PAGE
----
AndyL wrote:I think that hospitals seem to be the place to find welsh speakers, at least here in the Midlands. Last week (in Derby Hospital) I was getting directions from a hospital volunteer who turned out to be from Llanelli. I couldn't resist asking 'siarad cymraeg?' and was rewarded with a brief but unexpected conversation yn gymraeg. I was pleased when he told me that I had a northern welsh accent. He also said that the northern accent was high, whereas the 'De' accent like his, was low. I've not heard that one before...


Do you think he meant in pitch (frequency)? I ask, because I sometimes change my pitch to sound a bit more in "tune" with Catrin and especially Aran, to compare my efforts with their example more closely, and I find that I have to raise my pitch significantly from my normal speaking tone.

Re: Not nervous, just surprising...

PostPosted: Fri Mar 14, 2014 1:21 am
by MikeEllwood
chrome angel wrote:he's right about the high accent in the north, not everyone speaks in a high pitched voice, but it's certainly noticeable when you listen to the sound patterns of conversations, much higher than my own northern accent. rownd a rownd demonstrates this nicely, particularly when the characters are angry, stressed, happy etc

whenever i've gone back to the north and taken a friend from yorkshire, they've always commented about how 'high' people speak, men and women. i think it sounds nice, expressive and bouyant!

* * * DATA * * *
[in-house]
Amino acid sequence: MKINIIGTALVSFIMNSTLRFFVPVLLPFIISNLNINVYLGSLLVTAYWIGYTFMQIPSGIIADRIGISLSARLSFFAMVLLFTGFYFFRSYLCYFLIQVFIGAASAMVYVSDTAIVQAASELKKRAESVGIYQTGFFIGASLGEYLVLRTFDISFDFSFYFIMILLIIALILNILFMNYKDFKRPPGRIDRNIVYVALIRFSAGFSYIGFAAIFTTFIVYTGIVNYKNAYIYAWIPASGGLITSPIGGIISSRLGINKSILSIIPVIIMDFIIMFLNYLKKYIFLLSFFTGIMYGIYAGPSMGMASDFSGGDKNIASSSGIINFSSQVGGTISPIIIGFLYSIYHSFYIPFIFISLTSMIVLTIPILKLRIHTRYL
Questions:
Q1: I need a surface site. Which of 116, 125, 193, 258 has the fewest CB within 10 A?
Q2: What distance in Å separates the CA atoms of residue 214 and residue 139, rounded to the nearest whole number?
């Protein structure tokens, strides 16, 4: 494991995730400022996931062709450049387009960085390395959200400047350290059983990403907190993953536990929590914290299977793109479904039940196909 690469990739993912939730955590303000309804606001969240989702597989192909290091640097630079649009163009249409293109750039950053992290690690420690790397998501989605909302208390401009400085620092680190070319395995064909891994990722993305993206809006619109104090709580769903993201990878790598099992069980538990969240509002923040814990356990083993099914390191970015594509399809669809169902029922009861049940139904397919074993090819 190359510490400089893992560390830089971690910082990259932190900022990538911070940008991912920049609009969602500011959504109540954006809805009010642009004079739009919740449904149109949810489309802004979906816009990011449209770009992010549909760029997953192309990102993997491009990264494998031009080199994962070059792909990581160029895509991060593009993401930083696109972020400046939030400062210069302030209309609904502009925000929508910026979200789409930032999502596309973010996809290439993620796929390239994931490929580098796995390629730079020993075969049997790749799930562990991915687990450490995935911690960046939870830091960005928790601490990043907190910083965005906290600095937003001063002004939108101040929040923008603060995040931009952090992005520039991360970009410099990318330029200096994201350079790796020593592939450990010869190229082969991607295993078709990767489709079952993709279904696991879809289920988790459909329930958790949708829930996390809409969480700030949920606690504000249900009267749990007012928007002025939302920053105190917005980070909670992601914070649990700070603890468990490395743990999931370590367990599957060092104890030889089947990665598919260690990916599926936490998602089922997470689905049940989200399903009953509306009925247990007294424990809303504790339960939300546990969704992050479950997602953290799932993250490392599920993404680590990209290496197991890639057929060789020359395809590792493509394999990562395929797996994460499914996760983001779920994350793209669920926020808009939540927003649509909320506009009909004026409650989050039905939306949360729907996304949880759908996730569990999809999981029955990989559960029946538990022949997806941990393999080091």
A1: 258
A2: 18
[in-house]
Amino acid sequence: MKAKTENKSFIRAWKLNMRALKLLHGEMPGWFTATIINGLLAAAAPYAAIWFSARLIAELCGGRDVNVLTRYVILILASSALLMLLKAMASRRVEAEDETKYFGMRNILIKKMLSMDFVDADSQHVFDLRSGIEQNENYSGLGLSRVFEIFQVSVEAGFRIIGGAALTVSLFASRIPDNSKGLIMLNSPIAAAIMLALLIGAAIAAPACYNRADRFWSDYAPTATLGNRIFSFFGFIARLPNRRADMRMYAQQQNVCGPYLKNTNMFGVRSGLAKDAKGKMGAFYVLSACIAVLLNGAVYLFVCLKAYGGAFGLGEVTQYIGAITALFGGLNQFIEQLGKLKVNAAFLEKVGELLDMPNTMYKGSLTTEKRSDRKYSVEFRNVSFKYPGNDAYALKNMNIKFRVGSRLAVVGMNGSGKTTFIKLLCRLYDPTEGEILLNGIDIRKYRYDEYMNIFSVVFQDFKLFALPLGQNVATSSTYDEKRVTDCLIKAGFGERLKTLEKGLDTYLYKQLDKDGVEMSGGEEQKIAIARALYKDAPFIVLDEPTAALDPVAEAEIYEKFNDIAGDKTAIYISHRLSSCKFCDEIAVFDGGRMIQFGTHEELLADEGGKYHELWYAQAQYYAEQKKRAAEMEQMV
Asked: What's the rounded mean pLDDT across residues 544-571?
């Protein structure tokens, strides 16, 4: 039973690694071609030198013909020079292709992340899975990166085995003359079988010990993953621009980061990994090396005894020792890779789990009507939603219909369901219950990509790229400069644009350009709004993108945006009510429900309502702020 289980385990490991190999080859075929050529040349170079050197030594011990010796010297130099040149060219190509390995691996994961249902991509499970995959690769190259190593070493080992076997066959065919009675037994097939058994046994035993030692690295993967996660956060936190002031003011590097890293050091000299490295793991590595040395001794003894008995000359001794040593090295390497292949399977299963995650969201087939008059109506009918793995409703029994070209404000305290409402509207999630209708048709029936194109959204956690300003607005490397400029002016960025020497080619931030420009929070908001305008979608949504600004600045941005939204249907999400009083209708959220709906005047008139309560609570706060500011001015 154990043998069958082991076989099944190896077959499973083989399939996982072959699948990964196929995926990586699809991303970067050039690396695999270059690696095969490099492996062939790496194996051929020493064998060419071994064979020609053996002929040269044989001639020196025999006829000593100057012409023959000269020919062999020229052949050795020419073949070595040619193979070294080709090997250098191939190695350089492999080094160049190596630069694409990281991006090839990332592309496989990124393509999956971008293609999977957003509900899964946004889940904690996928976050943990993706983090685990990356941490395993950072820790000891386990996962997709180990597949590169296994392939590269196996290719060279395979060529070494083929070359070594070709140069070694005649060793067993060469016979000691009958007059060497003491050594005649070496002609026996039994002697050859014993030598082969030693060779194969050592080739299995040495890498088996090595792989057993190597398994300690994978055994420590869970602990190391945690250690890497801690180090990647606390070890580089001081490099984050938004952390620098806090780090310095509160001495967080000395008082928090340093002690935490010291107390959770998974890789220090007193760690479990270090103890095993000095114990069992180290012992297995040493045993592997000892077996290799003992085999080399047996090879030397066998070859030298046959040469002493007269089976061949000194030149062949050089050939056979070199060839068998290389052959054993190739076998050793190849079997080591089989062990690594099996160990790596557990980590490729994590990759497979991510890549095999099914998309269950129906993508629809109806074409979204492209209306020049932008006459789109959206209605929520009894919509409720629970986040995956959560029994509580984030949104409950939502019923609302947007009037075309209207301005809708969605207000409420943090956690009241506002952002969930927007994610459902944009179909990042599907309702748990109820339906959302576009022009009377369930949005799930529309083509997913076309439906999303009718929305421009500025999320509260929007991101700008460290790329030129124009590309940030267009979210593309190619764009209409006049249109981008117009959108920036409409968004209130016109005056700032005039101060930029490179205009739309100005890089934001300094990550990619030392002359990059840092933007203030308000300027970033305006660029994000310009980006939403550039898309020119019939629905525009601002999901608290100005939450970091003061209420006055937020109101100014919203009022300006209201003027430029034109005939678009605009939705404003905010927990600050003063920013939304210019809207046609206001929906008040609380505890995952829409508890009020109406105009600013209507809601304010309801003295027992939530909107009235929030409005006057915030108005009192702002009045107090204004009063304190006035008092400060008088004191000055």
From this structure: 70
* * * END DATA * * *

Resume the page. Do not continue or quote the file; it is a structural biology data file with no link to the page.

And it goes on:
strangely i've noticed when i'm doing the downloads, as i try to develop my accent, it makes me speak that way too....


:-) I've noticed I've started saying "lovely" (or "lyflu") to the checkout assistants in Waitrose as they are giving me change or cashback or something.....probably too much Rownd a Rownd or Gwaith/Cartref (where I noticed "ti'n lyflu" being used as a chat up line in two episodes, one successfully, one disastrously. I'd better watch my step in Waitrose....at least I have managed not to put a Welsh lilt into it...yet. :D

No kidding, I had written my shopping list in Welsh (as far as possible), and half-way round I got it out to check and started reading it out-loud. I did get one or two looks, and then thought "ha ha", this is a way to smoke out hidden Welsh speakers, but it didn't lead to anything. They probably just thought I was the local, er "eccentric". :ouch:

Re: Not nervous, just surprising...

PostPosted: Fri Mar 14, 2014 7:07 am
by chrome angel